|Title:||Genetic architecture of the Tetragonula carbonaria species complex of Australian stingless bees (Hymenoptera, Apidae, Meliponini)|
|Authors:||Brito, Rute Magalhães|
de Oliveira Francisco, Flávio
Ho, Simon Y. W.
Oldroyd, Benjamin Paul
School of Biological Sciences
|Citation:||in Press Biological Journal of the Linnean Society|
|Abstract:||A species complex is a group of closely related species whose ecological or morphological boundaries are sufficiently vague that delimiting one species from another is difficult. In Australia, a group of four stingless bee species Tetragonula carbonaria Smith, T. hockingsi Cockerell, T. mellipes Friese and T. davenporti Franck form a species complex in which gross morphology is clinal and overlapping. The species are most readily distinguished by the morphology of their brood combs. Here we genetically characterize bees sampled in areas in which the species do and do not have contact. Our data corroborate previous evidence that T. hockingsi and T. carbonaria are genetically distinct and that there are two genetically distinct groups of T. hockingsi, one in the north and the other in the south-east of Queensland. Curiously, northern populations of T. hockingsi, which are allopatric to T. carbonaria, are genetically closer to T. carbonaria than are southern populations of T. hockingsi, which are in sympatry with T. carbonaria. We detected three hybrid colonies that appear to have arisen because of anthropogenic movement of T. hockingsi colonies from north to south-east Queensland where males mated with local T. carbonaria queens. We discuss the status of T. davenporti, a recently-described species cryptically similar to T. hockingsi from south-east Queensland.|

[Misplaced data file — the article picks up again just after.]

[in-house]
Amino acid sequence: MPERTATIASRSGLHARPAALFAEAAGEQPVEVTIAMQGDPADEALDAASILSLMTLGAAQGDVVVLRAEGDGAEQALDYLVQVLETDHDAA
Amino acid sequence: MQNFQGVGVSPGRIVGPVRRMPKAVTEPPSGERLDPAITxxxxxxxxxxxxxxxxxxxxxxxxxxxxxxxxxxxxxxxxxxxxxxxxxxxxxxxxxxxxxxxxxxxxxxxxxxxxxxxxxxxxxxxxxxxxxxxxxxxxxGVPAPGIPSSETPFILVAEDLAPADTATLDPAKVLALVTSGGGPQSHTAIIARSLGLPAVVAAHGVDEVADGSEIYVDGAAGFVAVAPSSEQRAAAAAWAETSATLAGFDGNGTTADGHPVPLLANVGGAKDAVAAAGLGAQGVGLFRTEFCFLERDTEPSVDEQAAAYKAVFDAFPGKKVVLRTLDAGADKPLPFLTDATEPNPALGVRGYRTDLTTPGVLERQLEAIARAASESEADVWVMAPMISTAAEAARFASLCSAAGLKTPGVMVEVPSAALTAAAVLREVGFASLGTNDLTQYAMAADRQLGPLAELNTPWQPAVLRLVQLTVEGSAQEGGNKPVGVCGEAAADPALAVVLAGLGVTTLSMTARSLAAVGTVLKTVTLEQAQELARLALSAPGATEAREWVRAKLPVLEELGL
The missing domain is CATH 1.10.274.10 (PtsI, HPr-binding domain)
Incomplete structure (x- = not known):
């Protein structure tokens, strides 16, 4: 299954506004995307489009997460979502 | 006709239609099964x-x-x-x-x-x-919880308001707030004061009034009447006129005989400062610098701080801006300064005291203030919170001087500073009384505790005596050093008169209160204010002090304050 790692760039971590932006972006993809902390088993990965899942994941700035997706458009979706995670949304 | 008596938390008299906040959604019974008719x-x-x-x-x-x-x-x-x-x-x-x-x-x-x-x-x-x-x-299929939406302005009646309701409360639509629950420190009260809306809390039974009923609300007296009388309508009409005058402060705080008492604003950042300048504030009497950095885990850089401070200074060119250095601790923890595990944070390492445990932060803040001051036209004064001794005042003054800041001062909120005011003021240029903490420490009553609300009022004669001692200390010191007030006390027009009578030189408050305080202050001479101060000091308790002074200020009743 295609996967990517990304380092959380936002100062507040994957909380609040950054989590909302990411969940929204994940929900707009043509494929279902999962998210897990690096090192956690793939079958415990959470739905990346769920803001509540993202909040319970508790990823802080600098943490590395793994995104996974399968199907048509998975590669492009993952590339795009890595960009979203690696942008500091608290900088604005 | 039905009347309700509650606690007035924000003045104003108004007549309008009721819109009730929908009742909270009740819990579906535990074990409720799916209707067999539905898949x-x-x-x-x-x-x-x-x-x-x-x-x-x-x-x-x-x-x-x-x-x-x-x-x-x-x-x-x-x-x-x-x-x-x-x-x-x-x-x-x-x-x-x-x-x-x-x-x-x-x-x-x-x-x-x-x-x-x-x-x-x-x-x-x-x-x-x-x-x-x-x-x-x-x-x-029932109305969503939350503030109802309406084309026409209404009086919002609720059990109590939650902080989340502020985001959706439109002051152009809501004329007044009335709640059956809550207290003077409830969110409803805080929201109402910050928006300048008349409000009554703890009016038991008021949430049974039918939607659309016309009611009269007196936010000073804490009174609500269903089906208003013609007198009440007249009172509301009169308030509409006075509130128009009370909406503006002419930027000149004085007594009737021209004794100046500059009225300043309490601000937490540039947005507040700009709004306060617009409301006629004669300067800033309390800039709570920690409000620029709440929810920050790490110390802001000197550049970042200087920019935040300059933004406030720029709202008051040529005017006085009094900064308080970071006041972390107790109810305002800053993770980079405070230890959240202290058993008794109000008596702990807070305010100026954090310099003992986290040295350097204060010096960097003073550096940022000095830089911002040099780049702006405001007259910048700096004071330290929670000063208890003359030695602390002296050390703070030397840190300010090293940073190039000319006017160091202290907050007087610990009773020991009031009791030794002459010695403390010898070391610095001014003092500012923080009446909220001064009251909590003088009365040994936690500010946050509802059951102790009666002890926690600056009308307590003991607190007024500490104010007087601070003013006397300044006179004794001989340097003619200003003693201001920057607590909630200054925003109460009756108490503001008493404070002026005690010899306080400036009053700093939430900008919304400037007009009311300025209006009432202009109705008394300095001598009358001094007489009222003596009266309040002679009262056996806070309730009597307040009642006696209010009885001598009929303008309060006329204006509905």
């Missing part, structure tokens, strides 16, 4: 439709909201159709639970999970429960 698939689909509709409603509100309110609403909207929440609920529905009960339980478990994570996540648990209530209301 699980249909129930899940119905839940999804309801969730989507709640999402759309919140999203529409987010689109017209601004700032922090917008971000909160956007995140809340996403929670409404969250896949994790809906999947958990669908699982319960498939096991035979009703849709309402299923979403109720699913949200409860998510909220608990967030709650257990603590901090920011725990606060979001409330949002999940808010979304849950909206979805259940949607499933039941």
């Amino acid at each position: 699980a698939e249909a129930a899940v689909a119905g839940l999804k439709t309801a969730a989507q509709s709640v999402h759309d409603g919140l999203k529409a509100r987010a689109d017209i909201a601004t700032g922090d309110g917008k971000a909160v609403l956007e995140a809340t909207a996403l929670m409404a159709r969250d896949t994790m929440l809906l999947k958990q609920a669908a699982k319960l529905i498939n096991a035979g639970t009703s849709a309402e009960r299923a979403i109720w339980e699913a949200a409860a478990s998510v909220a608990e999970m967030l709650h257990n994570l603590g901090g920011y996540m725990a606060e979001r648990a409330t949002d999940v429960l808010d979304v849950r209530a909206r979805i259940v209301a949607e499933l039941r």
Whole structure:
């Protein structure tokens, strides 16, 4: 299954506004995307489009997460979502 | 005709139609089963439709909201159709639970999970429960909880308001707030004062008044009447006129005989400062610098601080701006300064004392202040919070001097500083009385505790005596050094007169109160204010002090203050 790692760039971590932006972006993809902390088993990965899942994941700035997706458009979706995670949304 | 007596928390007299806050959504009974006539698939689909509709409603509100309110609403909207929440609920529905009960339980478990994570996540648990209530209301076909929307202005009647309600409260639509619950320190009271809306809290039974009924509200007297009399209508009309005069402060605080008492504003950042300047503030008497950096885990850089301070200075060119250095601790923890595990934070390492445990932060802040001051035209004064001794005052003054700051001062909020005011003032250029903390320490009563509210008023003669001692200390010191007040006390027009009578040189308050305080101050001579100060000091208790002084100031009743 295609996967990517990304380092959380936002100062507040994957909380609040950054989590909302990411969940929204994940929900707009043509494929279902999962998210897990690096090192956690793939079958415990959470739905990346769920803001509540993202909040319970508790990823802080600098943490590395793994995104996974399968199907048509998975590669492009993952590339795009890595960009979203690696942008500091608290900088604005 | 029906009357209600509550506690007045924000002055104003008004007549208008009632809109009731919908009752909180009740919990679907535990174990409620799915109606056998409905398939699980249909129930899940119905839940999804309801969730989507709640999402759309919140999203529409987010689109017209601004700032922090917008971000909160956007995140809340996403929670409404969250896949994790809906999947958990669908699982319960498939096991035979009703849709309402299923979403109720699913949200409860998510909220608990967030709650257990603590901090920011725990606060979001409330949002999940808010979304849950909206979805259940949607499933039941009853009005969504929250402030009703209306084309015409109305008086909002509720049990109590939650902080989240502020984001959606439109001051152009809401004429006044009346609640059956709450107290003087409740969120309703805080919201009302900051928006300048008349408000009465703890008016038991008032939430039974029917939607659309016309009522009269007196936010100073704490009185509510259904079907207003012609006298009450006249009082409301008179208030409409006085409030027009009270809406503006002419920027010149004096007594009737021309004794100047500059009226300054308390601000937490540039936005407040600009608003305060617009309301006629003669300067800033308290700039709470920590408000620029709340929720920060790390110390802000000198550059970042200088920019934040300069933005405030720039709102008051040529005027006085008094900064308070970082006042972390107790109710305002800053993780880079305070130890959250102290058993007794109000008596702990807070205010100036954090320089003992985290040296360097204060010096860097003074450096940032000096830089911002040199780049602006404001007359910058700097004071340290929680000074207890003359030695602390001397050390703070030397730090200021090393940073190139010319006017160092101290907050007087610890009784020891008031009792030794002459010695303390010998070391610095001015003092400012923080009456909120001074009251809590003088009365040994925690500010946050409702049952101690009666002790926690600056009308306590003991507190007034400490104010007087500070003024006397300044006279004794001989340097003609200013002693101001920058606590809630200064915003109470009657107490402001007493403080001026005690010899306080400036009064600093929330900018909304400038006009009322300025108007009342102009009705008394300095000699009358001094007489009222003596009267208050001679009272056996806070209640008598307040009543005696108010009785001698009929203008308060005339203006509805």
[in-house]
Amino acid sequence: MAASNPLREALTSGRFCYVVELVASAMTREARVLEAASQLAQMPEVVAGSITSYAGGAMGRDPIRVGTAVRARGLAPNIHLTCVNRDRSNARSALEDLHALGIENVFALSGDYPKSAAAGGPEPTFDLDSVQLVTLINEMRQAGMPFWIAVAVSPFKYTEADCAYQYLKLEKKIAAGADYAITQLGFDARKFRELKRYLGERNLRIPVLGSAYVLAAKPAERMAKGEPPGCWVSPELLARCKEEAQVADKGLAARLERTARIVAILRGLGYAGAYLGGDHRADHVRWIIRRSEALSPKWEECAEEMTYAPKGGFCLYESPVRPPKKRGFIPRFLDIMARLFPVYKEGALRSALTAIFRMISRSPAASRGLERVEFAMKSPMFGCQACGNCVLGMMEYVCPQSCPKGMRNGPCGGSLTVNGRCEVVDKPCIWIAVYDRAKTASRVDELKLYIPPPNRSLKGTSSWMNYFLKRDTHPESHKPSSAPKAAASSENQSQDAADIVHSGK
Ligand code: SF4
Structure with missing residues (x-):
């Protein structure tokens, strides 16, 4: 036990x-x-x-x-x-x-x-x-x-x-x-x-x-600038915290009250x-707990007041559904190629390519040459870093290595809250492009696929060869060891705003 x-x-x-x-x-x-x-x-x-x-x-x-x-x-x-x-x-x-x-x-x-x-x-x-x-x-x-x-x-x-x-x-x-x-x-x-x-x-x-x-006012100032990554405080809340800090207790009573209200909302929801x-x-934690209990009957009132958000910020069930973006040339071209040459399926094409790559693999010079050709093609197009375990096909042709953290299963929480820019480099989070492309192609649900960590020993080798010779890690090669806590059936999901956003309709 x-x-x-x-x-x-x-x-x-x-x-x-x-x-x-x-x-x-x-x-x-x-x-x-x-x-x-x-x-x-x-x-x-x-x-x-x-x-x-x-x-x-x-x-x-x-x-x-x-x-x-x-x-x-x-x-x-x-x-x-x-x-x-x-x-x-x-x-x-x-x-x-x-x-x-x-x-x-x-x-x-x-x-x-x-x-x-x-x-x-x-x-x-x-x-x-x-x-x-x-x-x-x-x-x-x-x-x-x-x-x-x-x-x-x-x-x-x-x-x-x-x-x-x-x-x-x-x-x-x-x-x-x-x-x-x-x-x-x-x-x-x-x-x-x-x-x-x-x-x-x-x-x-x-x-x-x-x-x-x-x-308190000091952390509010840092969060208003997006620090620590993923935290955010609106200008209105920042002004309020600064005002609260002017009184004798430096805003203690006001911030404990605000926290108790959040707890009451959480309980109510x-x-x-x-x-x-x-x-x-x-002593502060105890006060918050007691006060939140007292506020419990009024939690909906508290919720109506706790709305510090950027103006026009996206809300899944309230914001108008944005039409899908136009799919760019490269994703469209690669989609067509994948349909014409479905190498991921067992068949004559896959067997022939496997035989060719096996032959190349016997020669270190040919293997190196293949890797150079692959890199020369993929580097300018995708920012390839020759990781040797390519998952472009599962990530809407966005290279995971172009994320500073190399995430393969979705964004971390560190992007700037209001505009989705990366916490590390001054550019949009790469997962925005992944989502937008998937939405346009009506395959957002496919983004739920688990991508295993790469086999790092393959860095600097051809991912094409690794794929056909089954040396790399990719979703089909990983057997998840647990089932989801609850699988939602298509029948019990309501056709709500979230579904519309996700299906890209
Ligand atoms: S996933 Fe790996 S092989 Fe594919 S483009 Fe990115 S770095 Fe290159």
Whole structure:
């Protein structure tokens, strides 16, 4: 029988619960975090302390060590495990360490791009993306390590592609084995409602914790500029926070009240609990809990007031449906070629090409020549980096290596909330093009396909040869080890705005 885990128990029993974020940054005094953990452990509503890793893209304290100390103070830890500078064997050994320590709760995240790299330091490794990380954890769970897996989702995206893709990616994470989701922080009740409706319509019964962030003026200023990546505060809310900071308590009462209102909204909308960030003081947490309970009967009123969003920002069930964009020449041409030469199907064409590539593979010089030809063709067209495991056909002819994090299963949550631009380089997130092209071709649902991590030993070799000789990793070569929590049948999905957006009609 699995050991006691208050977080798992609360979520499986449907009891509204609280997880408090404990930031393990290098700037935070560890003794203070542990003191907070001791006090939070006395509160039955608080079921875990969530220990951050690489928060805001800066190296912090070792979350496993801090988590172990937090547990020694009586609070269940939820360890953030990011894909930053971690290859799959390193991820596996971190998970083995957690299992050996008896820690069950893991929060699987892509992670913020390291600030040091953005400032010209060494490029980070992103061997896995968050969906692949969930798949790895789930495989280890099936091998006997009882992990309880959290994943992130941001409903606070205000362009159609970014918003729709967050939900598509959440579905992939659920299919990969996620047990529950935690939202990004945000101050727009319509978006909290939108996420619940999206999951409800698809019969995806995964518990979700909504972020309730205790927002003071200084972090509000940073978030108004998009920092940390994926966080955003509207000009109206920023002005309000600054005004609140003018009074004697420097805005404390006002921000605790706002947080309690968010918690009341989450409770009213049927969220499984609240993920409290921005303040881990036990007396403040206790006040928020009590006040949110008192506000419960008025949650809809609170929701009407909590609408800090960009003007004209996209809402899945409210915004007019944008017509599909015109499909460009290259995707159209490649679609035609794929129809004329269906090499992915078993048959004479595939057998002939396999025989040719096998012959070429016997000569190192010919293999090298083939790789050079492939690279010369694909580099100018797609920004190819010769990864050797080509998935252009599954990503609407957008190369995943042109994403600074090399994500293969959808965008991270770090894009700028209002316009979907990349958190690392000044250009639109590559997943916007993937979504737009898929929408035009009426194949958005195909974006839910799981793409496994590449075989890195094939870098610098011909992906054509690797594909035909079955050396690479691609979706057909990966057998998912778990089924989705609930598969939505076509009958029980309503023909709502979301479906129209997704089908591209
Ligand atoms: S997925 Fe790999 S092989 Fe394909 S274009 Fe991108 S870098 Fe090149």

|Department/Unit/Centre:||School of Biological Sciences|
|Type of Work:||Dataset|
|Appears in Collections:||Research Papers and Publications. Biological Sciences|
|microstDATA.xlsx||34.38 kB||Microsoft Excel|
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